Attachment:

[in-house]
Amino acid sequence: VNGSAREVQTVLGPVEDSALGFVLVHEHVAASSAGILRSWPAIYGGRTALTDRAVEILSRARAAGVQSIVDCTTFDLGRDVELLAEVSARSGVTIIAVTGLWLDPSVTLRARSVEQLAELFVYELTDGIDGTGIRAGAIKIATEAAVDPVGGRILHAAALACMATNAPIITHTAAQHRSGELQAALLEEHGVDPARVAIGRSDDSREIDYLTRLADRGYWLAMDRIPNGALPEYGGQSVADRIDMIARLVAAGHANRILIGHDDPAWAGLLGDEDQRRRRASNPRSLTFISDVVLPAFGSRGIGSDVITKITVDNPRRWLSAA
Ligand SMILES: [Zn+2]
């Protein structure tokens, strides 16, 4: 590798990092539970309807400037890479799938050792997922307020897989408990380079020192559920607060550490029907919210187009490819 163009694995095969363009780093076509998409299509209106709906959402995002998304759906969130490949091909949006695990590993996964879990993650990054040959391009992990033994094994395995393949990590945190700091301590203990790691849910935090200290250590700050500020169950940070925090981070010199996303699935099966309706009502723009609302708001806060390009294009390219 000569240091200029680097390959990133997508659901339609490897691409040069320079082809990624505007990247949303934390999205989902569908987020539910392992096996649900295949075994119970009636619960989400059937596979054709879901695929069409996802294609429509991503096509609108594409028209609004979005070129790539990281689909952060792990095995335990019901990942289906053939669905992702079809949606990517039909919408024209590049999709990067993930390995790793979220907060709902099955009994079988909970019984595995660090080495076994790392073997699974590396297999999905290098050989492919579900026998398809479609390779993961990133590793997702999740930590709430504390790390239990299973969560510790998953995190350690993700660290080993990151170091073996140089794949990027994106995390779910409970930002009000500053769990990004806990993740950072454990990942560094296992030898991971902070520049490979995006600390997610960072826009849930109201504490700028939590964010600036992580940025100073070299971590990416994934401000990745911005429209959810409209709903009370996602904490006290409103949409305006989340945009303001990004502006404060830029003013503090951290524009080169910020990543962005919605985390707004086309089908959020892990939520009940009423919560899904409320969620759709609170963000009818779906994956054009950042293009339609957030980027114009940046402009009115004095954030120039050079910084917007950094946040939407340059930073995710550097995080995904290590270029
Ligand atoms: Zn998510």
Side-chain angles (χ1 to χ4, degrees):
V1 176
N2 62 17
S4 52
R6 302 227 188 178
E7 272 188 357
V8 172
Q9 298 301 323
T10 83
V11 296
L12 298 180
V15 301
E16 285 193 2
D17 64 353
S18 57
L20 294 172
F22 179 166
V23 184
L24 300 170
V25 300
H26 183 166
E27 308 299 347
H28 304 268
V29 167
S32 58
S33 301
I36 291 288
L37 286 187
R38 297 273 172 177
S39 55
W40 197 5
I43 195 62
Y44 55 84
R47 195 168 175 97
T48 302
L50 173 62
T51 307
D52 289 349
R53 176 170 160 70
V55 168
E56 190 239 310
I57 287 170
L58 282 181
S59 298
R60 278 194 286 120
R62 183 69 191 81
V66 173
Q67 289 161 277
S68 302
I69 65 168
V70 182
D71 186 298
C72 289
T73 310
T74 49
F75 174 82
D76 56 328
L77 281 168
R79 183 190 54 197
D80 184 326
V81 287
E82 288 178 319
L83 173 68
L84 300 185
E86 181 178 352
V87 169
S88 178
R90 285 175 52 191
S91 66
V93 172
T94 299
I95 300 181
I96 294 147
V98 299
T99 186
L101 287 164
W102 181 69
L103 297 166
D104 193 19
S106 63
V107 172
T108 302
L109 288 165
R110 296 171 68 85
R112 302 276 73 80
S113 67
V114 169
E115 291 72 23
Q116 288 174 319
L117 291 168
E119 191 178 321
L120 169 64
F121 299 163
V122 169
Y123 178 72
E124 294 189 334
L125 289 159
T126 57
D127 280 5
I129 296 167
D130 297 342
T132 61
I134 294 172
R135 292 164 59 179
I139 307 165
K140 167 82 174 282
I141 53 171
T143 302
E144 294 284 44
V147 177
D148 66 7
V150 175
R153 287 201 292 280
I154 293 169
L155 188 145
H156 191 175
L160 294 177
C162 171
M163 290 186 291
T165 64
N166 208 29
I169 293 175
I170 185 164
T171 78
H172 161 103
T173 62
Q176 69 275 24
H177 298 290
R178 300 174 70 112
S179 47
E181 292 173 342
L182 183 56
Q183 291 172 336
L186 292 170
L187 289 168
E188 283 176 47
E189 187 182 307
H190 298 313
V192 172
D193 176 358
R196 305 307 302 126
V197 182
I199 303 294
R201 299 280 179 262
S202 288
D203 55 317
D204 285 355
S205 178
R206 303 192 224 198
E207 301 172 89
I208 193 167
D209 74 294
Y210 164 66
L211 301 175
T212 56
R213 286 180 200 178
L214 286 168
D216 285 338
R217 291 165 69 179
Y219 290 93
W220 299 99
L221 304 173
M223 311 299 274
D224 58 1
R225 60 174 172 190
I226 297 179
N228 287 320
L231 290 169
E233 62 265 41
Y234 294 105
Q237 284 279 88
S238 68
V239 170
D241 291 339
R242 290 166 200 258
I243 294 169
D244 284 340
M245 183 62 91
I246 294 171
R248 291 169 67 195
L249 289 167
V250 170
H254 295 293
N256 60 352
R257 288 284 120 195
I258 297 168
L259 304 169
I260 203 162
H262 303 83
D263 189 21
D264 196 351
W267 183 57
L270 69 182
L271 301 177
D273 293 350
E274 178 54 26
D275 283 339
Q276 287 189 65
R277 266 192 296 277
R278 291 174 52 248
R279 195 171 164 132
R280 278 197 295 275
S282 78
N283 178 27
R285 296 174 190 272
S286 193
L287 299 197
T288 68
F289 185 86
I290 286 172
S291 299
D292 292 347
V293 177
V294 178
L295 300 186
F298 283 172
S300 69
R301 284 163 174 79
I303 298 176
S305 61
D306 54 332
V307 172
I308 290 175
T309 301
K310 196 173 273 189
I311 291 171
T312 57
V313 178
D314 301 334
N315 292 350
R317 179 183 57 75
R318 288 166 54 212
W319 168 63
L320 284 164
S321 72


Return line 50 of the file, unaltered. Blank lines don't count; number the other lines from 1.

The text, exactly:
R60 278 194 286 120